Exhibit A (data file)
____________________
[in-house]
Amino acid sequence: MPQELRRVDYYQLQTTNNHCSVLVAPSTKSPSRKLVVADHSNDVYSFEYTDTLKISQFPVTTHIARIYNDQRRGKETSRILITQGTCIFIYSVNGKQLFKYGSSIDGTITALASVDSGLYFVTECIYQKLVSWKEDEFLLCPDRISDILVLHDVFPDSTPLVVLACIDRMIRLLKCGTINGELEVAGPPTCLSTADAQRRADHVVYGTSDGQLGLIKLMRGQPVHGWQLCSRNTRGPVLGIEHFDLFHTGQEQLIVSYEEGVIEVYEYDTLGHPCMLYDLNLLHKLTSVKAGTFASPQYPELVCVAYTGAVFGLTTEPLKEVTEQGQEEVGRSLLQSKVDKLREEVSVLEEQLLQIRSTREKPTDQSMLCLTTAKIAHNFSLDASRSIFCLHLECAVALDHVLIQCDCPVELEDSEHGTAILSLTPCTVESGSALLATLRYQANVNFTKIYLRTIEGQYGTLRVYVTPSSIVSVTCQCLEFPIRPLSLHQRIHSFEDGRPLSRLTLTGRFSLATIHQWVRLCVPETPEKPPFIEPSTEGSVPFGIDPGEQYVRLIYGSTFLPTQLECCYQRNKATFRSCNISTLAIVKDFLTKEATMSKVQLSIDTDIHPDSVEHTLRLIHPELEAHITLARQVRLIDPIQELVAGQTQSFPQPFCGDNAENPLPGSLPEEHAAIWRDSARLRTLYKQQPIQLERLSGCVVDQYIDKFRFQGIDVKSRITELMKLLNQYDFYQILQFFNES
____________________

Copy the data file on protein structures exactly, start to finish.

[in-house]
Amino acid sequence: MPQELRRVDYYQLQTTNNHCSVLVAPSTKSPSRKLVVADHSNDVYSFEYTDTLKISQFPVTTHIARIYNDQRRGKETSRILITQGTCIFIYSVNGKQLFKYGSSIDGTITALASVDSGLYFVTECIYQKLVSWKEDEFLLCPDRISDILVLHDVFPDSTPLVVLACIDRMIRLLKCGTINGELEVAGPPTCLSTADAQRRADHVVYGTSDGQLGLIKLMRGQPVHGWQLCSRNTRGPVLGIEHFDLFHTGQEQLIVSYEEGVIEVYEYDTLGHPCMLYDLNLLHKLTSVKAGTFASPQYPELVCVAYTGAVFGLTTEPLKEVTEQGQEEVGRSLLQSKVDKLREEVSVLEEQLLQIRSTREKPTDQSMLCLTTAKIAHNFSLDASRSIFCLHLECAVALDHVLIQCDCPVELEDSEHGTAILSLTPCTVESGSALLATLRYQANVNFTKIYLRTIEGQYGTLRVYVTPSSIVSVTCQCLEFPIRPLSLHQRIHSFEDGRPLSRLTLTGRFSLATIHQWVRLCVPETPEKPPFIEPSTEGSVPFGIDPGEQYVRLIYGSTFLPTQLECCYQRNKATFRSCNISTLAIVKDFLTKEATMSKVQLSIDTDIHPDSVEHTLRLIHPELEAHITLARQVRLIDPIQELVAGQTQSFPQPFCGDNAENPLPGSLPEEHAAIWRDSARLRTLYKQQPIQLERLSGCVVDQYIDKFRFQGIDVKSRITELMKLLNQYDFYQILQFFNES